Bement meeting starts discussion of drug abuse
BEMENT — A meeting to discuss drug abuse in Bement Wednesday night ended up being part group therapy, part brain-storming, and a healthy dose of realization.
But most of all, it was a good start as the community comes to the conclusion that hard drugs such as heroin are more common than most had thought.
The community meeting was called in the wake of an apparent overdose-related death last Friday, and another near-fatal one on Sunday. Over 100 people turned out to relay their stories and ideas of how to keep people off drugs in the Piatt County community of 1,722.
"We just feel this is a very important time to come together as a community; to learn, to grow and to do a lot better for our kids," Village President Pat Tieman told the crowd. "The more eyes we have on this, the more that we can see."
Representatives from law enforcement, healthcare and mental health services were all present to weigh in, and audience members were brutally honest with the substance abuse issues they and their families had struggled with.
"I'm Andrew, I'm a recovering heroin addict and yesterday was my 60th day clean," said 22-year-old Andrew Fagin, who admitted it was difficult to ask for help. For that reason, he advised parents to keep alert for signs their children may be on drugs.
"You've got to watch for signs — things like not wanting to be around you, being out all night — you've just got to watch the little things," added Fagin, who received a round of applause after speaking.
Ashley Fultz of the IMPACT Coaltion of Piatt County welcomed all to get involved in their efforts to curb drug and alcohol abuse locally. She added they currently work in the school system and are trying to expand those efforts, and are hosting a town hall meeting of their own on May 20.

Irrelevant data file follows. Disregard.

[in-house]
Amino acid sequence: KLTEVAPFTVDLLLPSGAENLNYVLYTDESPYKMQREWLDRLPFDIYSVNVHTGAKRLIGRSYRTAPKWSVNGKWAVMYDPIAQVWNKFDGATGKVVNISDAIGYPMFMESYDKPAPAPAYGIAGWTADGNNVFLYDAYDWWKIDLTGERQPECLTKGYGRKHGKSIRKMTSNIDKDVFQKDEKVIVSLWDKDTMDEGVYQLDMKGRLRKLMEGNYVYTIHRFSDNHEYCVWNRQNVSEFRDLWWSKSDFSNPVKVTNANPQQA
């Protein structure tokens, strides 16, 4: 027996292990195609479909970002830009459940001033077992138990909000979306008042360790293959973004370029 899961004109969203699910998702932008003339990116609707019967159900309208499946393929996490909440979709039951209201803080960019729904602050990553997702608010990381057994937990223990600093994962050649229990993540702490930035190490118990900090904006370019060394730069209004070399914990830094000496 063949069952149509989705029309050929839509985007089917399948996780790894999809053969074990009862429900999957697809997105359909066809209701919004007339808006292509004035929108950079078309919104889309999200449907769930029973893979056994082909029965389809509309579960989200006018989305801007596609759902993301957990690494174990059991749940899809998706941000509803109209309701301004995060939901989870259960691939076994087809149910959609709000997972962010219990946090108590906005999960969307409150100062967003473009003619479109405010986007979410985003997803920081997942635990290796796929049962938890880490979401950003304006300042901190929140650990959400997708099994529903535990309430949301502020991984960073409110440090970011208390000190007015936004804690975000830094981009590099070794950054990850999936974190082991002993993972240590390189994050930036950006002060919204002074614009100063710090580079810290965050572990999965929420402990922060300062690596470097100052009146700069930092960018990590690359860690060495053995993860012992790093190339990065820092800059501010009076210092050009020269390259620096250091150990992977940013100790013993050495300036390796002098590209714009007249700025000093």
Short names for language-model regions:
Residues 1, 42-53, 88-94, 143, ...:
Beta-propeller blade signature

She added that scare tactics have their place in drug prevention, but that positive techniques are generally more effective in the long run.
"We try to use positive ideas to make sure we make good choices to stay healthy in the long run," added Fultz, a prevention specialist at the Piatt County Mental Health Center.
When asked what youth are using the most, she said "when it comes to teens, they're still using alcohol and marijuana the most."
Jodi Hess of Bement thought boredom may be a contributing factor to any youth drug problems the village faces.
"As a community, I think we need to find things for our kids to do. There's nothing here," commented Hess, saying it can be a struggle for her 12-year-old to find positive activities. "I don't want to keep my kid locked in the house — we need to find something for them to do."
The community operates a pool and a recreational ball league. Other ideas that came up were the possibility of art-related activities.
Tieman emphasized that problem is one of the entire community, not just village government. "I don't think we can expect the village to do everything, because we cannot."
Other ideas thrown out at the meeting included establishment of a Neighborhood Watch program and making sure there is less loitering at the downtown park.
From a law enforcement perspective, Piatt County Deputy Sgt. J.D. Russell said he will always listen to tips on possible drug activity, but that it helps if the information is concrete enough it can be acted on — such as names, license plates and makes and models of vehicles that are involved.
Responding to a statement that some parents are afraid to report suspicious activity, Sheriff David Hunt said "we rarely see retaliation."
The meeting was the brainchild of some concerned parents, who originally planned to hold it at a local restaurant but moved it to village hall as the potential crowd grew.
"When I started this I was thinking of a small group, and it kind of exploded which is great," said Tosha Hooker, one of the organizers of the meeting.
"I've lived here my whole life, and I want my kids to grow up in a town where this is not an issue," she added.